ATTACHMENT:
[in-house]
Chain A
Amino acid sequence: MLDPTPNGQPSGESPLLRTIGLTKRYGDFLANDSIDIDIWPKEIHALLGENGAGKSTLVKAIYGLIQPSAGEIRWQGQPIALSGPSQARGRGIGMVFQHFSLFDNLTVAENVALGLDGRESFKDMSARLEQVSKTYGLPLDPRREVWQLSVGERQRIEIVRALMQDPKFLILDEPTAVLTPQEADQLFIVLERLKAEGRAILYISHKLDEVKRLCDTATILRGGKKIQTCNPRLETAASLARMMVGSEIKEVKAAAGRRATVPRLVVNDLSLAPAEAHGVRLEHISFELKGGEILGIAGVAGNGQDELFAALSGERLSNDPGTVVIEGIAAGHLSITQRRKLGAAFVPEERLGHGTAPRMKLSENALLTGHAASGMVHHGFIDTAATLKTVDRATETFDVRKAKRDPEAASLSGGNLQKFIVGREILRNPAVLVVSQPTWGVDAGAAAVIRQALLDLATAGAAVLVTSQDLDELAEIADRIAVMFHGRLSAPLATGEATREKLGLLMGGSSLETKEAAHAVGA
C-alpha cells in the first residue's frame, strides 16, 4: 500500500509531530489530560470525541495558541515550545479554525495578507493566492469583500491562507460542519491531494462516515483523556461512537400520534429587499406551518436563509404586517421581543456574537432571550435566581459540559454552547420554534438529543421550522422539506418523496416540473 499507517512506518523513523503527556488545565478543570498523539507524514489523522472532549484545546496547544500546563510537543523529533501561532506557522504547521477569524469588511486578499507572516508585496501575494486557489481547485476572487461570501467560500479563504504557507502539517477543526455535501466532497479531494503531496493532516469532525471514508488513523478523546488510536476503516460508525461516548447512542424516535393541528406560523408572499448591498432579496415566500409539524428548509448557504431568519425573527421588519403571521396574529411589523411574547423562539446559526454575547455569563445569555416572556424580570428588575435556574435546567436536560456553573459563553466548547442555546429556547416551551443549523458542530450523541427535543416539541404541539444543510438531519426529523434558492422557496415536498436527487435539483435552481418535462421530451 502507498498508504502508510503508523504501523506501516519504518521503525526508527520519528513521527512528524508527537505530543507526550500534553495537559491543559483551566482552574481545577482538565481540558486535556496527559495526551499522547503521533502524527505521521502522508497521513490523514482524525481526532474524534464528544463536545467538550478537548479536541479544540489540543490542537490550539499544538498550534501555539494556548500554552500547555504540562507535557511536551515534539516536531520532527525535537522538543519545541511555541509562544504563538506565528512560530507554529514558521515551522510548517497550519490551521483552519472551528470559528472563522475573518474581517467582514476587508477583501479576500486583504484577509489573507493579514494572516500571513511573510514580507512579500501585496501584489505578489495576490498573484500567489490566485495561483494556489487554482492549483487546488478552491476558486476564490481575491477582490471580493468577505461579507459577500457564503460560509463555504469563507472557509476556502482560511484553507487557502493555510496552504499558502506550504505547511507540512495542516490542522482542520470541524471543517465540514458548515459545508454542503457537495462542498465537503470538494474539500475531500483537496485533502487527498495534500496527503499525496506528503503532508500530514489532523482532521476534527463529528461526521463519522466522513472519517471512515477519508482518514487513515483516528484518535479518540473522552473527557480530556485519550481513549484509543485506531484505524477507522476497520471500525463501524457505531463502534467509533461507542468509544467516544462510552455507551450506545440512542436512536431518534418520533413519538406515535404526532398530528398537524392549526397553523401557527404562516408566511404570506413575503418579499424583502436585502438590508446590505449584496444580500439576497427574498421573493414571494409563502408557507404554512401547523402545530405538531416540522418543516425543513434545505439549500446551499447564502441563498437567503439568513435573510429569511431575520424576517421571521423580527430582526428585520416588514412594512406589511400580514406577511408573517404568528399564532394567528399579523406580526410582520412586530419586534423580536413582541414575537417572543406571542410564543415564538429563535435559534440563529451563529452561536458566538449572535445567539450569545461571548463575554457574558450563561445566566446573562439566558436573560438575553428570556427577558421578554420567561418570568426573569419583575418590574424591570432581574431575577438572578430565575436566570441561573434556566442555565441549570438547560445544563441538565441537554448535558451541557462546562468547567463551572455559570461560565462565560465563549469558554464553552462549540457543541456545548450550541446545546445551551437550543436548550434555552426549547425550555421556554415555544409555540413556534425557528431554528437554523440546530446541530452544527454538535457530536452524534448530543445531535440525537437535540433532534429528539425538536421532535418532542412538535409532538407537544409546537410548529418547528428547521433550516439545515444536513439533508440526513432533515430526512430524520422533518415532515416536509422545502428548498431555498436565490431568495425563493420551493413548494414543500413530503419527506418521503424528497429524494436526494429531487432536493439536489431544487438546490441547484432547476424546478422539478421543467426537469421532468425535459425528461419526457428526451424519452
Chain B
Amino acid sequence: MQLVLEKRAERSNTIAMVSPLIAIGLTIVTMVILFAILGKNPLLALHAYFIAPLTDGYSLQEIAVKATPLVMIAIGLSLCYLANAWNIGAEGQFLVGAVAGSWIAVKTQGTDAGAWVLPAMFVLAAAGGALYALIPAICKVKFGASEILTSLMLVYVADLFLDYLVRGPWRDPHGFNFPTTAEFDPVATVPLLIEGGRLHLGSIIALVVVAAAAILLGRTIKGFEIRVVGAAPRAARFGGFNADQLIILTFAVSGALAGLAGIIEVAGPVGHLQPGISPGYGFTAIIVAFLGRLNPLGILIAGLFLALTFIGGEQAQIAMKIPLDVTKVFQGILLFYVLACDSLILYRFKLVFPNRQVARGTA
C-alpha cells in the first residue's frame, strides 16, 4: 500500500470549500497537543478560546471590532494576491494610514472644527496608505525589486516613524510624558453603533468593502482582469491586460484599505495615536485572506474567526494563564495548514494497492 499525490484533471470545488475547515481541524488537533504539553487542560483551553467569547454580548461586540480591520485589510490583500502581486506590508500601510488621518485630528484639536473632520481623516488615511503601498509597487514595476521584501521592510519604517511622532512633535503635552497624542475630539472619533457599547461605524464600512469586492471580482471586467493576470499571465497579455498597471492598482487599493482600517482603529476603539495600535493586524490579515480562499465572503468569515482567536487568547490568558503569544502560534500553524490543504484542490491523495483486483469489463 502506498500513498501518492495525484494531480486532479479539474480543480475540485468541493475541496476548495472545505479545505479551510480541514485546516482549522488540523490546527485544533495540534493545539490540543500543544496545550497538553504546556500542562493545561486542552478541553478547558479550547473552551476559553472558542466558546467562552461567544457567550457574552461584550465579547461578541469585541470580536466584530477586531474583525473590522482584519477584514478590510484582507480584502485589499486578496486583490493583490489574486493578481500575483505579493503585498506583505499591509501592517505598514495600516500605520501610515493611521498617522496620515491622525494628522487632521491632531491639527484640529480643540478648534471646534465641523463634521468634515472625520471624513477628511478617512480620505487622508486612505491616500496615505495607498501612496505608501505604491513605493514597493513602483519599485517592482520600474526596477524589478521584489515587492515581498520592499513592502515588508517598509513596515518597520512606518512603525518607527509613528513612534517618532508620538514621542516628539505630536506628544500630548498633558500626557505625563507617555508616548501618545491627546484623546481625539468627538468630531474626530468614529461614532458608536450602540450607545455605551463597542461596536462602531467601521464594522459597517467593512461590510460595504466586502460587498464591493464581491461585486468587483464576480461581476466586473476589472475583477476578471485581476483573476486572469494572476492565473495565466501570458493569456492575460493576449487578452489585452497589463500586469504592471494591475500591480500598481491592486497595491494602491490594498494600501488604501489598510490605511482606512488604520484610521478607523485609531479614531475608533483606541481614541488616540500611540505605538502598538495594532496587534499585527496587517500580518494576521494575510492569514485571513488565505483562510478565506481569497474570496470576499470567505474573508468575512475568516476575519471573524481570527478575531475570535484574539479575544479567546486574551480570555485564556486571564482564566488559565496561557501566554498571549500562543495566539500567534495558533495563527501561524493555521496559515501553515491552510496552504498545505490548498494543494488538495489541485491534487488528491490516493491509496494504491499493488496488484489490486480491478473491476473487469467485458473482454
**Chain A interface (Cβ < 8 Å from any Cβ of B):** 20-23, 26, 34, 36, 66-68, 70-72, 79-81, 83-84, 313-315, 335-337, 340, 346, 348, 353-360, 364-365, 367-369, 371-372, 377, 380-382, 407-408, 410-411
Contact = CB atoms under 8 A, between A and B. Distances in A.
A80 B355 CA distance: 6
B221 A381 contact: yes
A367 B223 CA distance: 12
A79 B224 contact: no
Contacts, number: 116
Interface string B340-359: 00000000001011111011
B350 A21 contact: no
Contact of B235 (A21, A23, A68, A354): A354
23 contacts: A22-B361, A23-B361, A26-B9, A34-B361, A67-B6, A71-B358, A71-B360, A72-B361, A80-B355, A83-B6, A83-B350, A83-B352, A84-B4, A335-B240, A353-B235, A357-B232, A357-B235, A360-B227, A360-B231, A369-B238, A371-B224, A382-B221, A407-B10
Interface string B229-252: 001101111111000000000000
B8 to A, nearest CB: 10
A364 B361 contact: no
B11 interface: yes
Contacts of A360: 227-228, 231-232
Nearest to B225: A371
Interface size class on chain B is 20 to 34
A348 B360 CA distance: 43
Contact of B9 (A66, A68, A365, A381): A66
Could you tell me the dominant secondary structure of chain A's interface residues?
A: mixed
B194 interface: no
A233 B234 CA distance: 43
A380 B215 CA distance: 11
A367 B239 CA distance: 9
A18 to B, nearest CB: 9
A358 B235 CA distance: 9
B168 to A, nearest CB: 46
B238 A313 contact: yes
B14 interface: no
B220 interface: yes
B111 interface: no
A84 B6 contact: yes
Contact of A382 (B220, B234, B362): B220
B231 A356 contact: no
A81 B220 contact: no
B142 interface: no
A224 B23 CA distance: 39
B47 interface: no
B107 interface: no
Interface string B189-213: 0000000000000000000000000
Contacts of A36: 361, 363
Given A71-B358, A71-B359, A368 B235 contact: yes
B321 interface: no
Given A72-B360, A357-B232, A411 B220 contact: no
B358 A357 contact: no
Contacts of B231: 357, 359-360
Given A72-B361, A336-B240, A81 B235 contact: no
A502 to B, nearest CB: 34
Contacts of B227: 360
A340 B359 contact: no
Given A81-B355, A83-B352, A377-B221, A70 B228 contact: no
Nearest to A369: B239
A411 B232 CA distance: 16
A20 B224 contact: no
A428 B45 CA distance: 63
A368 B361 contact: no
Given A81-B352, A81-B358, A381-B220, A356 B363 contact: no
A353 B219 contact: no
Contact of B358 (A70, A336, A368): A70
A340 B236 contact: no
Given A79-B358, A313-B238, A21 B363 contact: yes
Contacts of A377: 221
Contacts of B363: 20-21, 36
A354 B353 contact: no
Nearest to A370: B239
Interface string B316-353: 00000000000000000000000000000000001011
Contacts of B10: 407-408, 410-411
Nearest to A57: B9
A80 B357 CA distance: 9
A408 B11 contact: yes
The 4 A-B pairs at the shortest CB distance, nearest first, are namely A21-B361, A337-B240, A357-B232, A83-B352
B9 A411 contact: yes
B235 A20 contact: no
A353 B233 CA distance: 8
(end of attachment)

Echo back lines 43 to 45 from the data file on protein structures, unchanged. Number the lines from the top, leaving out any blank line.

B231 A356 contact: no
A81 B220 contact: no
B142 interface: no